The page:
The S.C. Supreme Court ruled, 4-1, Wednesday that Attorney General Alan Wilson can’t stop his special prosecutor, David Pascoe, from investigating possible corruption in the General Assembly.
Although Wilson tried to stop Pascoe – and apparently slowed Pascoe’s investigation for several months – the Supreme Court made it clear in its Wednesday ruling that Wilson acted unlawfully in trying to fire Pascoe and in trying to keep him from continuing his probe. Pascoe is working with the State Law Enforcement Division on the investigation.
“We find ... Pascoe was vested with the full authority to act as the Attorney General for the purpose of the investigation,” the opinion said.
Pascoe, as special prosecutor appointed by Wilson, has “all the power of the Attorney General, including the impaneling of a state grand jury,” the Supreme Court said.
After the opinion, Wilson’s office released this statement: “We respect the court’s decision and will abide by it.”
Pascoe released a statement saying, “I am gratified by the S.C. Supreme Court’s decision today. I’m currently in Virginia dealing with a family illness, but expect to return to South Carolina tomorrow to meet with (SLED) Chief (Mark) Keel and his agents to resume work on this matter.”
It was an embarrassing defeat for Wilson, who had publicly portrayed Pascoe as an incompetent, sixth-rate prosecutor with “nefarious intentions” who laced his recent pleadings to the Supreme Court with “half-truths, misinformation and at least one outright lie.”
And while Wilson had a stable of government lawyers to help him and hired a prominent private lawyer to argue his case June 16 before the Supreme Court, Pascoe prepared his own briefs and argued his case that day by himself.
In its 18-page majority opinion, the Supreme Court gave credence to none of Wilson’s allegations about Pascoe – personal or legal.
Instead, the high court’s majority said the answers to the main questions raised by the case – did Pascoe as special prosecutor have the authority to activate a State Grand Jury and can Wilson fire him – were easily answered: Pascoe has that authority, and Wilson cannot fire him.
“Wilson really humiliated himself by making allegations like that, by the fact he produced no evidence to support them, and then the Supreme Court found no basis for those allegations,” said John Crangle, director of S.C. Common Cause, a government watchdog group.
“The law and the facts were clearly on Pascoe’s side,” Crangle said.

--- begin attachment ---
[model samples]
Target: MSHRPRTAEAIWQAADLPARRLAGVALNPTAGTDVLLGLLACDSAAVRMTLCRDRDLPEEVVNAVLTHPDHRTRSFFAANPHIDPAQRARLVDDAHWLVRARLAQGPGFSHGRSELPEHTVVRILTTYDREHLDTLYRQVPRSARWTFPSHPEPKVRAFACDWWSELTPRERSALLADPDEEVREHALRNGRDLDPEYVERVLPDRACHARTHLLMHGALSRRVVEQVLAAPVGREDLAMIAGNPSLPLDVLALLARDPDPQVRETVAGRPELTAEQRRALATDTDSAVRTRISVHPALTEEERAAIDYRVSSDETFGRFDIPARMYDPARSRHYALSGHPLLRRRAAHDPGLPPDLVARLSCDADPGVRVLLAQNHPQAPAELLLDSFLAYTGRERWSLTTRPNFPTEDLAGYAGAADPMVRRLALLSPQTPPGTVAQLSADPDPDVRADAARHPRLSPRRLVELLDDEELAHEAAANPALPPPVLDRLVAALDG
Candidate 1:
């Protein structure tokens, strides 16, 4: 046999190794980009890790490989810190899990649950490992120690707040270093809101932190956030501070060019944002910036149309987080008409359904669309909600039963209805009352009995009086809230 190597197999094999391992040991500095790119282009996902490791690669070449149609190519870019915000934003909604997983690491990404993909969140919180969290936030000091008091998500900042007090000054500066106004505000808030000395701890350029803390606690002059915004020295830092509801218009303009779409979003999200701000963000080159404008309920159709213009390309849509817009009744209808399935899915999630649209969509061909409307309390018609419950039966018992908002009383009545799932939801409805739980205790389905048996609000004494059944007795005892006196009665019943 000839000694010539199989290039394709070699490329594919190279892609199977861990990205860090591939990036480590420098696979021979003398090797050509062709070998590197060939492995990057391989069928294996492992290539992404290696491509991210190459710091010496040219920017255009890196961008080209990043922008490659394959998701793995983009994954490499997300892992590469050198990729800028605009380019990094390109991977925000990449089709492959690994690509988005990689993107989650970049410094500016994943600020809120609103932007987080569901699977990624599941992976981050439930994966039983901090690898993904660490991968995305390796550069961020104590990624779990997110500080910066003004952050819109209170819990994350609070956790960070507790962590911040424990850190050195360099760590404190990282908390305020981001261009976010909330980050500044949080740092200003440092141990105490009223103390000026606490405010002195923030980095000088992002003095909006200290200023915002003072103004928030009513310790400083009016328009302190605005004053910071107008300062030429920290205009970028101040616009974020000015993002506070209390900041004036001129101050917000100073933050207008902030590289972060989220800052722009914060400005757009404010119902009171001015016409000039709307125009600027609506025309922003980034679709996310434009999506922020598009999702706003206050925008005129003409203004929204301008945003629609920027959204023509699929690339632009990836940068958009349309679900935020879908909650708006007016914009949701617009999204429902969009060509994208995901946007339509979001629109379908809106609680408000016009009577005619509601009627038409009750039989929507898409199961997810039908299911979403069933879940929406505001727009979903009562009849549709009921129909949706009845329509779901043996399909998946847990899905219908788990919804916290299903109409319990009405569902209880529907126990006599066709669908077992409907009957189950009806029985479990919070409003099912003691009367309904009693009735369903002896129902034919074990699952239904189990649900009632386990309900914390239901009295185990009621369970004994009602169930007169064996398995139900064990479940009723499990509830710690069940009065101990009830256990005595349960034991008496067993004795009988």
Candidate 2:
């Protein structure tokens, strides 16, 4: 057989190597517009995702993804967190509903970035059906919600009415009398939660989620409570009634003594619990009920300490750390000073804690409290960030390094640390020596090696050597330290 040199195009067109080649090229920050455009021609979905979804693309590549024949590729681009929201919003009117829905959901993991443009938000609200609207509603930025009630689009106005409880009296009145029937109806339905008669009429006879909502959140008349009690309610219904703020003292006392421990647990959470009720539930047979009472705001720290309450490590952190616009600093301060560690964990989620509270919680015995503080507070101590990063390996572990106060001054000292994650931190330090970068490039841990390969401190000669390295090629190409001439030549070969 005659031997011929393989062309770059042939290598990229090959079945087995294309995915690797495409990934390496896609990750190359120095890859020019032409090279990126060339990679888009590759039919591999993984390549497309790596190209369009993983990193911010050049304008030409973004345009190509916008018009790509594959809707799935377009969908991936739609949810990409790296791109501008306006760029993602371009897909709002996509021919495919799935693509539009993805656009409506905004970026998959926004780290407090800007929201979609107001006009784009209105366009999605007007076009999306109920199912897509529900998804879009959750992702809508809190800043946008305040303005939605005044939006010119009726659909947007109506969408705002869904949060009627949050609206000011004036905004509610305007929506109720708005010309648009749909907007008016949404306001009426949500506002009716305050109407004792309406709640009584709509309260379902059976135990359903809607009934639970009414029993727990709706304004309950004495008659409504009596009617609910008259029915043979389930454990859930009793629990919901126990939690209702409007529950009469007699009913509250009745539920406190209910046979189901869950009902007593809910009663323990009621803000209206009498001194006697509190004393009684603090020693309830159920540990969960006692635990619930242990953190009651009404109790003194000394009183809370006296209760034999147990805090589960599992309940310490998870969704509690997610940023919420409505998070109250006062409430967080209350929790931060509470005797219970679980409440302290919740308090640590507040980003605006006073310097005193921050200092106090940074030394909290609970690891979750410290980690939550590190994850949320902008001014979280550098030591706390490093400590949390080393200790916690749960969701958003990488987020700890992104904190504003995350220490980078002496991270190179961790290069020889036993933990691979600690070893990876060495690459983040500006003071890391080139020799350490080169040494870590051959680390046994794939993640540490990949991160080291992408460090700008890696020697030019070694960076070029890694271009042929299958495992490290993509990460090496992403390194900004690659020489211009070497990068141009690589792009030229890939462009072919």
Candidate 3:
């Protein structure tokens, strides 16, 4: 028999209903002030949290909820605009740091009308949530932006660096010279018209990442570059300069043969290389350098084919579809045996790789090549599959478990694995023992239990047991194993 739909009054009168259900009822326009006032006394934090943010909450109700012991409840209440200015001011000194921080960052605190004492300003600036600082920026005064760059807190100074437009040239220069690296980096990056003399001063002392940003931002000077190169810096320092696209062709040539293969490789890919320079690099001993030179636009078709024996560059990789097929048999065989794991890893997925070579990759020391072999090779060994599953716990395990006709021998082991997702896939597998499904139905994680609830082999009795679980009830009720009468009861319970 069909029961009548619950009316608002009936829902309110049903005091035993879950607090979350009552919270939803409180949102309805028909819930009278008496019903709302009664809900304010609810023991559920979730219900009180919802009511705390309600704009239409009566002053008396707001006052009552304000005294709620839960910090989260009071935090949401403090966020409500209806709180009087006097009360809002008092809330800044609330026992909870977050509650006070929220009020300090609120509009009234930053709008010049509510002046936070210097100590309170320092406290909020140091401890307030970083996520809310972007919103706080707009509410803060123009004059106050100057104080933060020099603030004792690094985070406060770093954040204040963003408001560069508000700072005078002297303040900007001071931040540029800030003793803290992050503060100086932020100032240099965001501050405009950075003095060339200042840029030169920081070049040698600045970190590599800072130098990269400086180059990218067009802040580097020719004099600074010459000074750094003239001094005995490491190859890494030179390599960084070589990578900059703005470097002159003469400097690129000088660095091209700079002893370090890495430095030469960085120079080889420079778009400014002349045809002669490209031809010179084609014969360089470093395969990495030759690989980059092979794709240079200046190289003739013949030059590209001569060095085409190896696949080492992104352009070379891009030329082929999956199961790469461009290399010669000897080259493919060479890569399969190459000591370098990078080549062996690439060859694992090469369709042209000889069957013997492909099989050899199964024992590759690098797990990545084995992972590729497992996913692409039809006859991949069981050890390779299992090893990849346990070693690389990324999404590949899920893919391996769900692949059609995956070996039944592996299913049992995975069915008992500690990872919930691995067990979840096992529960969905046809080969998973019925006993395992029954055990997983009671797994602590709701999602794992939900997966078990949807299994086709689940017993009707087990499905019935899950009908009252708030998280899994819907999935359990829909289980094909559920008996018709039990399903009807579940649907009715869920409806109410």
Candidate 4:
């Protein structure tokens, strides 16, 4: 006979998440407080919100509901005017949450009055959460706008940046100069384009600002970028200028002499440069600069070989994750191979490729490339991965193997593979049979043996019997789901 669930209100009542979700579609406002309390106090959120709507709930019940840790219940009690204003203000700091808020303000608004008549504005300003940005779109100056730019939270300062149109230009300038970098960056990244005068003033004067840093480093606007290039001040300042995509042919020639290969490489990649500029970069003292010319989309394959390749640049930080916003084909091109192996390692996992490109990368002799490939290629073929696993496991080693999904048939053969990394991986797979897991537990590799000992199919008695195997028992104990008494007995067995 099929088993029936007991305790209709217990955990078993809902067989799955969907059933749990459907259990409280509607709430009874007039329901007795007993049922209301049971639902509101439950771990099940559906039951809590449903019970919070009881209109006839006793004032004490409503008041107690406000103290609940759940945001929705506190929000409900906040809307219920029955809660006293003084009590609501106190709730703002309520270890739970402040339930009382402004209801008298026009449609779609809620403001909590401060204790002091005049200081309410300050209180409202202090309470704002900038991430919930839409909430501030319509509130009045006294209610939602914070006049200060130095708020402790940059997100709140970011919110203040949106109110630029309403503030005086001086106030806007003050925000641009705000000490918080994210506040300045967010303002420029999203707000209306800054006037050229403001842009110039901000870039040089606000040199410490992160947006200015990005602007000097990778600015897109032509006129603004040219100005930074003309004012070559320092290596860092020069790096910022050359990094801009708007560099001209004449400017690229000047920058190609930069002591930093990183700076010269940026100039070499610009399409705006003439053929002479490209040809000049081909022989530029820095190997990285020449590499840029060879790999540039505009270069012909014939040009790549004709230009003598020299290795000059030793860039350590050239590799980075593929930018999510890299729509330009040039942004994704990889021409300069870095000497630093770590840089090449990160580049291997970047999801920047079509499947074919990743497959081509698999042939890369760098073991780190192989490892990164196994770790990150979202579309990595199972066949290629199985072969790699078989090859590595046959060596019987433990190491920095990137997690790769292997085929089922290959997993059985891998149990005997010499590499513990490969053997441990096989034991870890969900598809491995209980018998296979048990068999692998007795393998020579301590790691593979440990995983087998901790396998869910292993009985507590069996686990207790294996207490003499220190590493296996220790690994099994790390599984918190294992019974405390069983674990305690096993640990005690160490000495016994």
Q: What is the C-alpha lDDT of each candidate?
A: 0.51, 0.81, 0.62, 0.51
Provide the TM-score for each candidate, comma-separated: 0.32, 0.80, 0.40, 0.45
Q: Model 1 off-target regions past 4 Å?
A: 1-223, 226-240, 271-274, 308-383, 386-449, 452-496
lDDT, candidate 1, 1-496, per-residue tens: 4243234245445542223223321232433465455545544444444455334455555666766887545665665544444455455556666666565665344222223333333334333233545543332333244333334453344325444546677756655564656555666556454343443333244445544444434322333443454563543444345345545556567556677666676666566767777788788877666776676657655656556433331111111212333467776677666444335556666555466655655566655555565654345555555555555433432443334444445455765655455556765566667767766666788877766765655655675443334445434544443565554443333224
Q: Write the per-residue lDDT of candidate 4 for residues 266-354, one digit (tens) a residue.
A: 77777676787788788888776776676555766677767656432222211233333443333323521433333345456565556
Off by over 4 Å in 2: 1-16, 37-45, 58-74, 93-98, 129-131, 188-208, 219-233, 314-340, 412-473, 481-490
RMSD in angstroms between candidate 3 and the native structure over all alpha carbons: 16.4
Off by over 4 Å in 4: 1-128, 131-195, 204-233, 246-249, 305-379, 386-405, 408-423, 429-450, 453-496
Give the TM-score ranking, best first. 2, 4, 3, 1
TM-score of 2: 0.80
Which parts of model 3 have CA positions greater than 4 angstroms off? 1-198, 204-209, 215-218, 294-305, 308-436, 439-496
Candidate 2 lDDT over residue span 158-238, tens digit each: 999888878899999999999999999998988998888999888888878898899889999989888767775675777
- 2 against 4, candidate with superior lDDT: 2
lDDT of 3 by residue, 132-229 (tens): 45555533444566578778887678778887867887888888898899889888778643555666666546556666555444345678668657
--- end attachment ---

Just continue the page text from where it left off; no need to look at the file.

The Supreme Court’s opinion means that Pascoe now is the effective acting Attorney General for the purpose of the General Assembly investigation – and Wilson can’t do anything to stop him.
Two of the lawmakers Pascoe appears to be looking at are named in a confidential SLED report first seen and reported on by The State newspaper: Rep. Rick Quinn, R-Lexington, and Rep. Jim Merrill, R-Charleston. Both say they have done nothing untoward.
Pascoe is 1st Circuit Solicitor, and his normal jurisdiction is the counties of Orangeburg, Dorchester and Calhoun.
John Freeman, ethics professor emeritus at the University of South Carolina Law School, said the majority opinion avoided getting tangled in legal minutia.
“It used common sense, logic and the factual record to knit together a very good opinion,” Freeman said. “It was very elegant, very simple and very fair.”
A key legal principle the court upheld is that once a lawyer recuses himself from a case, the lawyer cannot come back in and start interfering with the case, Freeman said. “When you are out, you are out.”
In making the decision, the Supreme Court “stood up on its hind legs and said, ‘We are a co-equal branch of government – we will do our job without fear and to the best of our ability and let the chips fall where they may,’” Freeman said.
The origins of the Pascoe-Wilson dispute date to 2014. That year, Wilson appointed Pascoe to be the “designated prosecutor” in the SLED investigation of former House Speaker Bobby Harrell. That investigation uncovered evidence that more lawmakers might be engaged in public corruption.
In the ensuing months, Wilson – citing a conflict of interest – recused himself from that investigation.
In the summer of 2015, Pascoe and SLED Chief Mark Keel received letters from the Attorney General’s office that said the entire office also was recusing itself. The letters gave Pascoe authority to continue the investigation.
However, early this year, when Pascoe and Keel tried to activate a State Grand Jury, Wilson and his office took steps to stop them, claiming that only Wilson himself could activate the State Grand Jury, with its special investigative powers.
Stymied, Pascoe filed motions with the Supreme Court asking it to declare who was in charge.
The Supreme Court rejected Wilson’s argument that only he could initiate a State Grand Jury probe.
The court said if it were to rule that only Wilson could start a State Grand Jury investigation, and if he ever became the target of a probe, he would wind up initiating a proceeding against himself. “We conclude such a holding would lead to an absurd result.”
The Supreme Court’s opinion gave great weight to an affidavit from SLED Chief Keel. Characterizing Keel as “a neutral witness,” the court wrote that Keel’s understanding was that since July 2015, “the entire Attorney General’s Office was recused from any further involvement in the investigation ... .”
Chief Justice Costa Pleicones wrote the majority opinion. He was joined by Associate Justices Don Beatty, John Kittredge and Kay Hearn. Associate Justice John Few dissented, writing that a circuit court judge, not the Supreme Court, should decide the issue.
Media lawyer Jay Bender said, “This was a high-level dispute resolved in public, contrary to the way things are often done in South Carolina.”
The State requested an interview with Wilson, but his office did not respond.